Tasty BulletArnold Pander, famed for his collaborations with his brother Jacob on Grendel: Devil’s Legacy, XXX, Accelerate, Batman: City of Light and more, is putting the finishing touches on his latest graphic novel. With current Vertigo editor Jonathan Vankin co-plotting (the writing begun before Vankin’s hiring), Arnold Pander’s latest book is called Tasty Bullet.
Tasty Bullet tells of Tamar, the Tasty Girl, a young woman whose entire life is wrapped around promoting Tasty Bullet, the ultimate energy drink. When events push her to question her life beyond her corporate function, as well as her dependence on the drink she promotes, Tamar finds herself against the man in a big way.
Arnold Pander stopped by to talk to us about Tasty Bullet and the film project that caused its long gestation.
Newsarama: So, Arnold, I find myself continually creeped out by commercials for hyper-caffeinated beverages. What set you on the idea of a book about an energy drink as a vehicle for exploring today’s fast-moving, highly marketed society?
Arnold Pander: Yeah, me too, especially when they tell you to be more productive and smart. They are usually really low budget and sketchy. In the branding that runs throughout the Tasty Bullet book, we wanted to capture that feeling that you’re consuming something that might possibly be bad for you but it’s too cool to resist. The slogan “Energy for Health” plays a bit “lost in translation” from the offshore ads that have found their way west. Jon and I were both living in LA at the time we came up with the Tasty Bullet concept. The “bling” era was just kicking in as the post 9/11 anxiety generated an almost surreal sense of narcissism in an already self-absorbed Hollywood culture. The constant barrage of billboards for the disposable icon of the moment got us going on the central theme of the story. The notion of a persona of a popular product becoming the living embodiment of the company that she doesn’t know who she is any more, seemed like a relevant subject for our idol worshipping times. What happens when the icon wants out but they won’t let her go? How far must she go to be free of the company and the icon she has always known herself to be? This is the dilemma of Tamar, the “Tasty Girl.”
NRAMA: Tamar is the Tasty Girl, the poster girl for Tasty Bullet. She’s hooked on Tasty Bullet herself, right?
AP: Yeah, the company Bullet Corp. has groomed her since childhood to be the perfect specimen of the Tasty Bullet drink. The secret formula feeds her ability to take insane risks for the company in pursuit of media attention for Tasty Bullet. It’s as though Popeye and Evel Knievel wound up in the body of Lucy Lu and she’s become the ideal spokes-model for Health, Energy and taking life to the next peak. The problem is, what goes up must come down. In the case of the Tamar it’s her own addiction that she must face if she is to escape the viscous cycle of her high-octane life as the Tasty Girl.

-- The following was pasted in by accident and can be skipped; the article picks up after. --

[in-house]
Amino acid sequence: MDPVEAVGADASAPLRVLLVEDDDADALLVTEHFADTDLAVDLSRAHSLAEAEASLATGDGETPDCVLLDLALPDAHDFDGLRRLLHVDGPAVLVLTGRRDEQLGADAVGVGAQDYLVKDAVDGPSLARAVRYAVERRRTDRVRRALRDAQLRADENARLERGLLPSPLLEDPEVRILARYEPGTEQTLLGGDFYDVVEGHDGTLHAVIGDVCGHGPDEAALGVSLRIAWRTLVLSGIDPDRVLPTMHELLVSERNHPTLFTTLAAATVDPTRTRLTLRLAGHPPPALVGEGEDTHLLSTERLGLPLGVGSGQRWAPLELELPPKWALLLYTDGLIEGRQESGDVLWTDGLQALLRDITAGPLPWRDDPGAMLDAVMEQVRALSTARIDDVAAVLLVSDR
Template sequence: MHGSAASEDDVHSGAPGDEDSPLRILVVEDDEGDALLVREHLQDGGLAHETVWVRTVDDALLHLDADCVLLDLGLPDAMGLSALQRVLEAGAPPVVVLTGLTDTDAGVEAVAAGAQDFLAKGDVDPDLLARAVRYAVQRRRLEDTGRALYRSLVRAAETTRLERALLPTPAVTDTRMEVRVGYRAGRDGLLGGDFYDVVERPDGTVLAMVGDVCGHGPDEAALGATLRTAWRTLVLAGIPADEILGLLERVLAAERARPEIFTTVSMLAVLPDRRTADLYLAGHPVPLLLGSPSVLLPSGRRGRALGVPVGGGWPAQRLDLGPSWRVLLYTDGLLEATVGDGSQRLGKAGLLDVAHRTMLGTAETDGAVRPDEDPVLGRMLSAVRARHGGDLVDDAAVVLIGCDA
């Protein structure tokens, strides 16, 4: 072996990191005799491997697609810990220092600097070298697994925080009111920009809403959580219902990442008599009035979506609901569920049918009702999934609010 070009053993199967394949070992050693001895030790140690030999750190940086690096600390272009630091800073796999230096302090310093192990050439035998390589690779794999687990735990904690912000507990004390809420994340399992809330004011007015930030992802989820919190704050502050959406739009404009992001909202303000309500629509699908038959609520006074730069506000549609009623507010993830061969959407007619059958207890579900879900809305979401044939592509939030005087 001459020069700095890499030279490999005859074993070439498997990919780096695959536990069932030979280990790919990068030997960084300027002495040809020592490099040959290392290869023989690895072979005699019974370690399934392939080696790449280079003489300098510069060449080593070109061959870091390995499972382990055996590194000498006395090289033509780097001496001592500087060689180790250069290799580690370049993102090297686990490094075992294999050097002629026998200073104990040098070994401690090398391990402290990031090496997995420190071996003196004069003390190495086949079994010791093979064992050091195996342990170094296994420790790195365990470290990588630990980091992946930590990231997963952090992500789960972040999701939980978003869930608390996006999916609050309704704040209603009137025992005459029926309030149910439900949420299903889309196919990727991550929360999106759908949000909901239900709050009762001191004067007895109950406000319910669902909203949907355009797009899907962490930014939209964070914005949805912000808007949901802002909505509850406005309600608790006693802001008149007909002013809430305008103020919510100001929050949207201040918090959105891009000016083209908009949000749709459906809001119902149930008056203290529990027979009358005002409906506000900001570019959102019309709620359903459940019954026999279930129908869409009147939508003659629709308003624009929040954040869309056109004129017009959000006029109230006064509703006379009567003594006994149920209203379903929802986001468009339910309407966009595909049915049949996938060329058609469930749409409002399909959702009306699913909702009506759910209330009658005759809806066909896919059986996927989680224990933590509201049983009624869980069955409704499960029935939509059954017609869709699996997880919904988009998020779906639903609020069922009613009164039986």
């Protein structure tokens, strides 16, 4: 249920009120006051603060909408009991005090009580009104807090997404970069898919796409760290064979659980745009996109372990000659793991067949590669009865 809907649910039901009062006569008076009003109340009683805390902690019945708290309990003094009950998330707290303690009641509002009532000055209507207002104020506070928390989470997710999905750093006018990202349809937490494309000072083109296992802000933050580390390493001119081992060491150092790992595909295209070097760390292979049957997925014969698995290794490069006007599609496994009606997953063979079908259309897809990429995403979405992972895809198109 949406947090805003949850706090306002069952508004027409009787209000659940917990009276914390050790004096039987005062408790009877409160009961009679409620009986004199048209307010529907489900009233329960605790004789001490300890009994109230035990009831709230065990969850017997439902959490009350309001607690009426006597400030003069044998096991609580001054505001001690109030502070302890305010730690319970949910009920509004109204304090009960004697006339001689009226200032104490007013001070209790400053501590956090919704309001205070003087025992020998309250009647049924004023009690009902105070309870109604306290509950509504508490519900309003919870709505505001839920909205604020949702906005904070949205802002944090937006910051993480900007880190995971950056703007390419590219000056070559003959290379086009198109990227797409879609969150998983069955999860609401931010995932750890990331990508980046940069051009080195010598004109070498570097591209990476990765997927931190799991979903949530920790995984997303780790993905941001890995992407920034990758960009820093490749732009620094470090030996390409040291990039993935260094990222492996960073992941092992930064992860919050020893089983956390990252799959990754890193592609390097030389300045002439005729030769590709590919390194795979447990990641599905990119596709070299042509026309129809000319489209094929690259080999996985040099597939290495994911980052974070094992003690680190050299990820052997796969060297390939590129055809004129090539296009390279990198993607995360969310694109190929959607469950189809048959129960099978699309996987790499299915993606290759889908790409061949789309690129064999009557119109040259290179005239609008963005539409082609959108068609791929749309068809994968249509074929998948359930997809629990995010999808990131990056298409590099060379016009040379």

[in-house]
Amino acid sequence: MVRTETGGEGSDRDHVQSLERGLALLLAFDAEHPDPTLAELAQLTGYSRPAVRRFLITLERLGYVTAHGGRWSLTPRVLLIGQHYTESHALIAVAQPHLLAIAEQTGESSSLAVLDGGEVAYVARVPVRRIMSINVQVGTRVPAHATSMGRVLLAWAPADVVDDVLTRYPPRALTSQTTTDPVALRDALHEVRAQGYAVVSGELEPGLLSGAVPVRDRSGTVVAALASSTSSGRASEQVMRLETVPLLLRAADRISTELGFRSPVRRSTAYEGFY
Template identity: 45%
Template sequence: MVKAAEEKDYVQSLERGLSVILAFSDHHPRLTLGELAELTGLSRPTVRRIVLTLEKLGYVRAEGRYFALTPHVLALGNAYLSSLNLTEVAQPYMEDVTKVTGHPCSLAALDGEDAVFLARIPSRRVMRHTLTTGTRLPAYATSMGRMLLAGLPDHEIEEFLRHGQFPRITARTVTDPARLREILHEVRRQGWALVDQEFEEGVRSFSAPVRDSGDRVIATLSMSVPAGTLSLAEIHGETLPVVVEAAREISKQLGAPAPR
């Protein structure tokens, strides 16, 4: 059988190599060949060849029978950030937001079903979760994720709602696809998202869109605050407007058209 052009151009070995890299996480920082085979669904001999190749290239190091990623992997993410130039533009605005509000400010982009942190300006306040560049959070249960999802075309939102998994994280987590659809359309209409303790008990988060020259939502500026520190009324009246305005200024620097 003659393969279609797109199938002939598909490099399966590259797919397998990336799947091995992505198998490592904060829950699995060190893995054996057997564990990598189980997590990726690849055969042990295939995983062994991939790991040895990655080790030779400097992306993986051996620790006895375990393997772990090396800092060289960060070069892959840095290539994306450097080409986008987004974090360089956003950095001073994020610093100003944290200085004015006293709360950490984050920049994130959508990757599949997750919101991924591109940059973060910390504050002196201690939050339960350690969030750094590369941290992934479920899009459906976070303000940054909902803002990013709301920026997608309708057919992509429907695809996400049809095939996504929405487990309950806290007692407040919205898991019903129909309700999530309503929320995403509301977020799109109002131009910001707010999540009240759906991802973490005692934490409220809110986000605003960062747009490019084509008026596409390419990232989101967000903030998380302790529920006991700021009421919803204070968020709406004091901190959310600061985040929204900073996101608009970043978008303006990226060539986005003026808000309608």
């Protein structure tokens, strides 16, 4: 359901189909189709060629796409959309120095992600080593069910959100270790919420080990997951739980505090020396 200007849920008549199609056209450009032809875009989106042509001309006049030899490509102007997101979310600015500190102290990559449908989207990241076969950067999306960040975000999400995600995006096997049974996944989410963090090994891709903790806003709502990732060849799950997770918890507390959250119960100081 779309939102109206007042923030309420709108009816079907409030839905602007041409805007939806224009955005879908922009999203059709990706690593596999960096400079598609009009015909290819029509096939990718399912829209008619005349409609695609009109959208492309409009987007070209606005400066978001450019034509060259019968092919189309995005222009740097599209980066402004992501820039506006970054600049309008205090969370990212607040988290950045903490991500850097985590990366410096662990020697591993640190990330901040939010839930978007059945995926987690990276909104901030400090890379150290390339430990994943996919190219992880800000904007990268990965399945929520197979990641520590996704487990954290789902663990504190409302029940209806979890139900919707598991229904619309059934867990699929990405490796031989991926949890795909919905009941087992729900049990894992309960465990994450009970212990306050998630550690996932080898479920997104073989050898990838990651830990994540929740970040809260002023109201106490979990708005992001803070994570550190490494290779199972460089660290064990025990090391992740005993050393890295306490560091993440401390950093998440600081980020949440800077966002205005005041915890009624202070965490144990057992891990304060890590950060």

NRAMA: How does her addiction to Tasty Bullet affect her at the story’s opening?
AP: The story opens with The Tasty girl in true form: being chased by helicopter that sprays bullets at her as she speeds along a rooftop at full speed on a crotch rocket. (It would be pink if the book were in color) Right on cue she pops a wheelie of the edge of Bullet Corp. Tower. When her high-tech safety cord snaps upon it deployment the line nearly snaps off sending Tamar to her death. It holds by a broken latch and the Tasty Girl delivers her line for the cameras as if it was all part of the act. At that moment she realizes that she wants out. It’s not as easy as it seems when she begins to realize her own addiction to the drinks’ secret formula goes deeper than just a quick thrill for the next adrenaline rush. It’s part of her very DNA. To really leave her life as the Tasty Girl behind, Tamar will need to go to the darkest depths of Bullet Corp. to find the truth behind her forgotten past and how she came to be the pop icon for Tasty Bullet. It’s a wild ride that takes the reader from Tokyo’s madcap culture to the slums of India and beyond. It’s truly a journey of self-discovery.